An academic says classics should be cut from university syllabi as it’s so “entangled with white supremacy as to be inseparable from it.” But depriving future generations of the wisdom of the past leads to ignorance & division.
Dan-el Padilla Peralta, a black academic, claims that Western civilisation is based on conceptions of ‘whiteness’ that come from interpretations of the ancient authors. Recently, some classicists have tied their own discipline to white nationalism, wanting to exculpate their discipline from supposed racism.
Padilla goes further and claims that classics departments are hostile to minorities. “If one were intentionally to design a discipline whose institutional organs and gatekeeping protocols were explicitly aimed at disavowing the legitimate status of scholars of color,” he told the New York Times, “one could not do better than what classics has done.” He added that “classics is so entangled with white supremacy as to be inseparable from it… the production of whiteness turns on closer examination to reside in the very marrows of classics.”
Padilla overlooked the fact that he is a classics professor at Princeton University, invited to publish and to speak at conferences. Many may wish for de-legitimisation as rewarding as his. He might want to re-read Plato to brush up on inductive logic.
The ancients had much to say on tolerance, fairness, logic and empathy, and expounded the virtues of democracy and free speech. The Stoic philosophers offered advice on self-reliance, the exact opposite of victimhood culture. As such, they are a stubborn impediment to progressivist ideals – that is why Padilla and others have decided they have to go.
Any faculty which agrees to such nonsense will have betrayed any commitment to empirical truth, rationalism and the search for knowledge. Yet why would any faculty even consider it?
Race hysteria unhinges US academia
An otherwise excellent defence of the classics by Rich Lowry in National Review contains a slip: “It is rare to find other instances of scholars so consumed with hatred for their own disciplines that they literally want to destroy them from within.” On the contrary, university departments are full of anxious academics who believe their subjects are riven by sexism, racism and homophobia. They would be perfectly willing to destroy their own faculties in order to signal their virtue. We have seen that in other fields.
It is no exaggeration to say that the conflagration of American cities in the wake of the death of George Floyd last summer has accelerated US academia’s descent into race hysteria. Proper concern about unjust treatment became over-sensitivity and has now reached near hysteria, with a climate of fear dominating teaching environments. Asking students to try harder is racism. A professor at the University of Southern California was suspended because he said a Chinese word that sounds similar to a racial slur. Last month, a law professor at the University of Illinois was placed on administrative leave for writing a blanked out reference to the n-word (he wrote n—– , not spelling it out, but using blank placeholders) as part of lesson on employment discrimination.
It’s been coming: At Evergreen College in 2017, an unfounded accusation of racism was enough to send mobs of students wielding baseball bats hunting Professor Bret Weinstein.
The events of the summer showed just how receptive institutions are to accusations of racism. In truth, universities have not only been susceptible to social-justice blackmail, they actually originated it. Now their own creation is threatening to devour them, with falling acceptance standards, politicised teaching and slumping institutional reputation all reducing the credibility of universities. It is the most prestigious universities that are most at risk.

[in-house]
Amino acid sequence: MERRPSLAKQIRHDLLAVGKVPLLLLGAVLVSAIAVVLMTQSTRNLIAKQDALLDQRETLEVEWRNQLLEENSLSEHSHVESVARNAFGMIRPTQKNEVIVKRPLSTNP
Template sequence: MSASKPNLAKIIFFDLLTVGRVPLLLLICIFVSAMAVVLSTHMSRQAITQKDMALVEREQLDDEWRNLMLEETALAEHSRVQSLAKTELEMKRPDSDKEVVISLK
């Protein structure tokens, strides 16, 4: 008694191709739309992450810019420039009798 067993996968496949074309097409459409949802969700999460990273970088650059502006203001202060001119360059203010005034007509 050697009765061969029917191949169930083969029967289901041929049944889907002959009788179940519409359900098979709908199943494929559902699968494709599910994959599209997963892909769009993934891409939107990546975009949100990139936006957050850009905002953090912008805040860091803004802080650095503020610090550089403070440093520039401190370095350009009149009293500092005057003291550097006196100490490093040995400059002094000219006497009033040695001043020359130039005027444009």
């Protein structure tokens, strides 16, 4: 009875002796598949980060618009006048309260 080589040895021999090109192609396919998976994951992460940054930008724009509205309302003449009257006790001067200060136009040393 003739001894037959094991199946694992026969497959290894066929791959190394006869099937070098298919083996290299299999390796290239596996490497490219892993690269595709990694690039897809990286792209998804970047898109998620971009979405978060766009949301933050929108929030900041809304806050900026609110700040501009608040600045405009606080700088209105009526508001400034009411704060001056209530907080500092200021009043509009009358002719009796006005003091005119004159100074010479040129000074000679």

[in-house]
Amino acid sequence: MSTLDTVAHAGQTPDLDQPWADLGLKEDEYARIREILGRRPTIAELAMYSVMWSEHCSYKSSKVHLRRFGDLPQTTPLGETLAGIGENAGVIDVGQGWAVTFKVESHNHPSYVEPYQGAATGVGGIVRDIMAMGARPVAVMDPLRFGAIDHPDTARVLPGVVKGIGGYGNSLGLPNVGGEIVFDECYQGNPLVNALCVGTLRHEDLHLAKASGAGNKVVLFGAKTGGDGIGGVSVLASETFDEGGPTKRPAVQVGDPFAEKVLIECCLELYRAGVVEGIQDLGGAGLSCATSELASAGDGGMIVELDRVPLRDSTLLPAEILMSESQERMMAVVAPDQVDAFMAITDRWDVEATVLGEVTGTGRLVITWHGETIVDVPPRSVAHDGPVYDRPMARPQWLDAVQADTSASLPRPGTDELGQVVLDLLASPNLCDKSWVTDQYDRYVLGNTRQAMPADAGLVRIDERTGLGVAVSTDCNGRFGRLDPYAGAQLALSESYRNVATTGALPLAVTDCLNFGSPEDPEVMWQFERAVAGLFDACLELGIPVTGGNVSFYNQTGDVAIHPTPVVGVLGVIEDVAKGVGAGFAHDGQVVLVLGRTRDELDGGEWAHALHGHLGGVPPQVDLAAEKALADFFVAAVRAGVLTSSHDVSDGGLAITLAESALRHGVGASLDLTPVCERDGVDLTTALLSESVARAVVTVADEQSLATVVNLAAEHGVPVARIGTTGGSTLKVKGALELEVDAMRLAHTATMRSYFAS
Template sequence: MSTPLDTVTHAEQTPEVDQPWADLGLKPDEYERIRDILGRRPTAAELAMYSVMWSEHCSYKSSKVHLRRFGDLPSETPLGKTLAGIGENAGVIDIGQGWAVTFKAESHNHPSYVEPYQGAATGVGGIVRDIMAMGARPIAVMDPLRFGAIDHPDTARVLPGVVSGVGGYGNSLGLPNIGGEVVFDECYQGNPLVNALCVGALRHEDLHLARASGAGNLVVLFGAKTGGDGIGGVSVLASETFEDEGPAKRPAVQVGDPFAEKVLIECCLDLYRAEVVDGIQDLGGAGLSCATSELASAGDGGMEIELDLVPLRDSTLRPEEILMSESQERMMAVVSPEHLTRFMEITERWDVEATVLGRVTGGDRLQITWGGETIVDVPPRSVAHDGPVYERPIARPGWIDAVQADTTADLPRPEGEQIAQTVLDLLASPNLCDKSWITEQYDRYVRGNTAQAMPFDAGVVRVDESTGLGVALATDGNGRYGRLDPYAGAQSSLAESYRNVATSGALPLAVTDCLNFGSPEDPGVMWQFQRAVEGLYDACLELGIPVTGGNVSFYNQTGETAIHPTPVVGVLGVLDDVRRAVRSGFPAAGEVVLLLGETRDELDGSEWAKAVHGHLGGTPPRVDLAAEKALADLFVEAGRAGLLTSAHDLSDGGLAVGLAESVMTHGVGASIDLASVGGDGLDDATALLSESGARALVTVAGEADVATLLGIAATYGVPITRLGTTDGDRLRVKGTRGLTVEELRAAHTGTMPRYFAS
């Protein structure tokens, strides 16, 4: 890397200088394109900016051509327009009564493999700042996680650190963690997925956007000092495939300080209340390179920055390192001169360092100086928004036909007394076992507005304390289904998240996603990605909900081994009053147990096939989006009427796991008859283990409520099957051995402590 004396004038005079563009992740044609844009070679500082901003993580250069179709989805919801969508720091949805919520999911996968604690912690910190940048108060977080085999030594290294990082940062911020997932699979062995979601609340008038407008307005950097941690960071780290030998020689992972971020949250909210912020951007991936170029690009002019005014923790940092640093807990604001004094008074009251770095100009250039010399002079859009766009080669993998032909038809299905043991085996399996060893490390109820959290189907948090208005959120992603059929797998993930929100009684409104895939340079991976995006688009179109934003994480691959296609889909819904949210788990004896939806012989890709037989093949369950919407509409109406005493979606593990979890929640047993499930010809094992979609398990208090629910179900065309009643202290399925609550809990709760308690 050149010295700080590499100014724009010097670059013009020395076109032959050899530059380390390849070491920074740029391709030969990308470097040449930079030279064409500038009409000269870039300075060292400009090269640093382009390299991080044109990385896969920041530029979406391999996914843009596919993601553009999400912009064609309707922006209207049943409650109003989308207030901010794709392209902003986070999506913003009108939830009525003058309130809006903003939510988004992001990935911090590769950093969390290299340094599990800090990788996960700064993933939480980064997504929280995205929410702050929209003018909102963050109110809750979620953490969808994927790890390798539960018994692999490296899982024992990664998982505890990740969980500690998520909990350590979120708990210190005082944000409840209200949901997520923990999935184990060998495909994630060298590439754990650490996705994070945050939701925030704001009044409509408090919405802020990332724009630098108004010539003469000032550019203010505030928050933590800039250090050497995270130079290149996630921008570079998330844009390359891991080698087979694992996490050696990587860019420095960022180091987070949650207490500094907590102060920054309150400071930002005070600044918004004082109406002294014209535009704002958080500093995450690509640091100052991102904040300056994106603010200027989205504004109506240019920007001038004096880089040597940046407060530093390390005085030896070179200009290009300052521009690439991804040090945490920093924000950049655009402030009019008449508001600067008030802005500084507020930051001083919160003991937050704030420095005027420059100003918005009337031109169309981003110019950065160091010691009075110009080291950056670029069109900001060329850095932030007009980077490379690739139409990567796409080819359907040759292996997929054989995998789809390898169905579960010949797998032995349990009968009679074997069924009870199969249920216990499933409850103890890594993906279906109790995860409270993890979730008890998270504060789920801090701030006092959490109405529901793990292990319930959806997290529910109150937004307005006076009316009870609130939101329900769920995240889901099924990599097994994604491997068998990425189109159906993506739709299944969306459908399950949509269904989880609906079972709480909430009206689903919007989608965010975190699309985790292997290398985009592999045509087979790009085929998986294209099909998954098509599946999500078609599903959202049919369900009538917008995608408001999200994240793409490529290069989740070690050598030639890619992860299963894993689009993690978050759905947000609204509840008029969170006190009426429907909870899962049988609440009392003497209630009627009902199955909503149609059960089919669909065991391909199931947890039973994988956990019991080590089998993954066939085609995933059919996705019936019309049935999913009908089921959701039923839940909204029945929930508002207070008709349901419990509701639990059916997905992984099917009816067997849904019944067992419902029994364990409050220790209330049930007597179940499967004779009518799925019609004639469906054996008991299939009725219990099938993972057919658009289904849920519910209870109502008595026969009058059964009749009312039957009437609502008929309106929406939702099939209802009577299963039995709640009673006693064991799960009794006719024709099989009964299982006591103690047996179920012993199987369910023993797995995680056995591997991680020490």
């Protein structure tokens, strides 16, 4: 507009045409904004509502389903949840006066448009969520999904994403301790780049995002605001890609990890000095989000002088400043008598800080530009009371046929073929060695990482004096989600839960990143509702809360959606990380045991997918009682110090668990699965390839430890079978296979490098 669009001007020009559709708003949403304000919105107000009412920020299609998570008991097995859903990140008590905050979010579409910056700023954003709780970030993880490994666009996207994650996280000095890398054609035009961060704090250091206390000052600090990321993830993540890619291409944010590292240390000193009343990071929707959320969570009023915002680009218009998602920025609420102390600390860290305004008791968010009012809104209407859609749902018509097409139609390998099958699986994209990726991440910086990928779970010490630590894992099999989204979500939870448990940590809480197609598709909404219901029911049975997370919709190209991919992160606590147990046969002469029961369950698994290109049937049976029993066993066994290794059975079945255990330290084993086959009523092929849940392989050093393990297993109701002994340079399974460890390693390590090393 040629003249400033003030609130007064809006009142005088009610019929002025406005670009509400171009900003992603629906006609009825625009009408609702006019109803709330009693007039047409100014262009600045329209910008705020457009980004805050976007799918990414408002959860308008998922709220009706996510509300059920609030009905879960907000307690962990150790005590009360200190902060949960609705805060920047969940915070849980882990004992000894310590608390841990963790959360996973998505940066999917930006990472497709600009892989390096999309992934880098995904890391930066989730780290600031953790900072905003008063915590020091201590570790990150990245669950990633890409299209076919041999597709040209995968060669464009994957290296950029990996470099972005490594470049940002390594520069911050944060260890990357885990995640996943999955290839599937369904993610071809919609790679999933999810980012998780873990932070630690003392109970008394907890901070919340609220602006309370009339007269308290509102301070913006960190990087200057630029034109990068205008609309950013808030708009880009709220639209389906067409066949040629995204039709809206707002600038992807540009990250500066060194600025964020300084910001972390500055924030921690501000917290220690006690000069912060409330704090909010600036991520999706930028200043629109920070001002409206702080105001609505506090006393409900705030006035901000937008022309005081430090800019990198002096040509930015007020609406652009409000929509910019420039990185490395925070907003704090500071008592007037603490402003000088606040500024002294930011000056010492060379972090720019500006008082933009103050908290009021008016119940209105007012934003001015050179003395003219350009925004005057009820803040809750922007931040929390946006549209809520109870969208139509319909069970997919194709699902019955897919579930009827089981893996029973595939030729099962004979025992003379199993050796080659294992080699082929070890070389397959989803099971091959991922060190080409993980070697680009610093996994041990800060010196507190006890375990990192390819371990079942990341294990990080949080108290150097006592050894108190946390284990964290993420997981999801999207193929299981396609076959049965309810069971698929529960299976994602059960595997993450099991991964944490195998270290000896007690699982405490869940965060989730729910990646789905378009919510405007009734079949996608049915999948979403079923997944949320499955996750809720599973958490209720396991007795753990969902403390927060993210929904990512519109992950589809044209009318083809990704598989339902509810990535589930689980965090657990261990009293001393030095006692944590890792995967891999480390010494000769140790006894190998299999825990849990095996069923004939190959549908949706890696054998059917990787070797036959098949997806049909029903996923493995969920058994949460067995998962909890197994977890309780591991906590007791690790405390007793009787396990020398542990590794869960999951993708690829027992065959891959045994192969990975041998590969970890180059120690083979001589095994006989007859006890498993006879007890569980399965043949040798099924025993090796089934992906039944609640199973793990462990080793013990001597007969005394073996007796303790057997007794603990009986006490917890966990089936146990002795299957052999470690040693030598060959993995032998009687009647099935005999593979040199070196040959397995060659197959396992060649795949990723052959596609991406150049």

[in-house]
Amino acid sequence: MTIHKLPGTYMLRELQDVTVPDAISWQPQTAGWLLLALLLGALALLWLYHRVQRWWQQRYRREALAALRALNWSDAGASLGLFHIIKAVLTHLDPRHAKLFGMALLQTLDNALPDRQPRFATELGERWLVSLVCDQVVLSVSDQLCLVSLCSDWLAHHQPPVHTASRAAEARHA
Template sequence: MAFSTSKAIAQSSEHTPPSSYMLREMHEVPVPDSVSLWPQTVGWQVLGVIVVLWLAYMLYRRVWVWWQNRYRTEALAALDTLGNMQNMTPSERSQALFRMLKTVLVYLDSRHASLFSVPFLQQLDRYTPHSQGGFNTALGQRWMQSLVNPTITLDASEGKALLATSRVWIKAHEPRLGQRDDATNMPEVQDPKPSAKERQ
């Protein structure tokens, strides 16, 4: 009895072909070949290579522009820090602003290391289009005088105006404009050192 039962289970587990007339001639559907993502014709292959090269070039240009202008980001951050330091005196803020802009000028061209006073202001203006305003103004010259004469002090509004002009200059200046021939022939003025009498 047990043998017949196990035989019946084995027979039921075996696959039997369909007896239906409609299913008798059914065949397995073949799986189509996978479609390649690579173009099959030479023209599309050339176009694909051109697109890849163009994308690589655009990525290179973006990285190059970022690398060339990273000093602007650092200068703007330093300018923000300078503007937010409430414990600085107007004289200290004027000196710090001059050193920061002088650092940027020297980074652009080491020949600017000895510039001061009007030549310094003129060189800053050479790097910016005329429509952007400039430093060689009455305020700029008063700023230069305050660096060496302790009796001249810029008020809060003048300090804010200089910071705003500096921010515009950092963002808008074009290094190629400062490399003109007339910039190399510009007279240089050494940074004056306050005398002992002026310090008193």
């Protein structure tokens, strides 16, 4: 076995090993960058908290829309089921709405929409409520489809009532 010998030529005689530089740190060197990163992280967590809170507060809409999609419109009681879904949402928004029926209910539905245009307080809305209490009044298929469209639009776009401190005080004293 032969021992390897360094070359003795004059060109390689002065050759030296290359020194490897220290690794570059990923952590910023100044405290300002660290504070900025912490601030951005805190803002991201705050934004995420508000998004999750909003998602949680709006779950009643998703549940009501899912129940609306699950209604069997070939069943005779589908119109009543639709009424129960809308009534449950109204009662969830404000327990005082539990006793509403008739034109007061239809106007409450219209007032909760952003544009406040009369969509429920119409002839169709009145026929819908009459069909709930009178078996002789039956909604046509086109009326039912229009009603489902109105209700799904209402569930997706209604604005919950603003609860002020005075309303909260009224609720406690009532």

This is why Padilla’s statements present a danger to any university classics faculty soft-hearted or gullible enough to believe the canon is an instrument of racism.
From decolonisation to segregation
Decolonisation of the curriculum – the removal of white figures of note, to be replaced by figures of a different race, ethnicity or religion – is not a matter of principle but of power. It is a way of demonstrating your political faction has control of education and that you can make changes to damage, demean and remove icons of your supposed opponents. It is tactical and cynical. It is done to demoralise and divide. It is not a matter of empathy for the vulnerable but one of unconstrained expression of the ugliest emotions – ones which the ancient authors warned us to moderate.
What is the logical end point of racializing all subjects? Is it white students saying, “I don’t want to read black authors”? Well, possibly. More likely – on the basis of current evidence – it is that the best students (of whichever race) will simply turn their backs on universities that pursue decolonisation and replace the canon with quotas.
Students will turn their backs on Princeton and any other high-status university that destroys its reputation by abolishing the classics. They will turn to conservative universities or private courses. English-literature students searching for traditional education are turning to conservative institutions such as Hillsdale College, Michigan and Buckingham University, England. A degree from a diversity-inclusion-equity-influenced university is a warning signal for potential employers, who are concerned to avoid graduates steeped in social-justice activism. Such graduates are under-educated and over-opinionated.
Looking at everything through the lens of race limits our understanding and empathy. It forces us to choose tribal loyalties over personal affinities. Depriving generations of the wisdom of the past is a recipe for a future racked by ignorance, intolerance and division. Anyone who has read the classics could have told us that.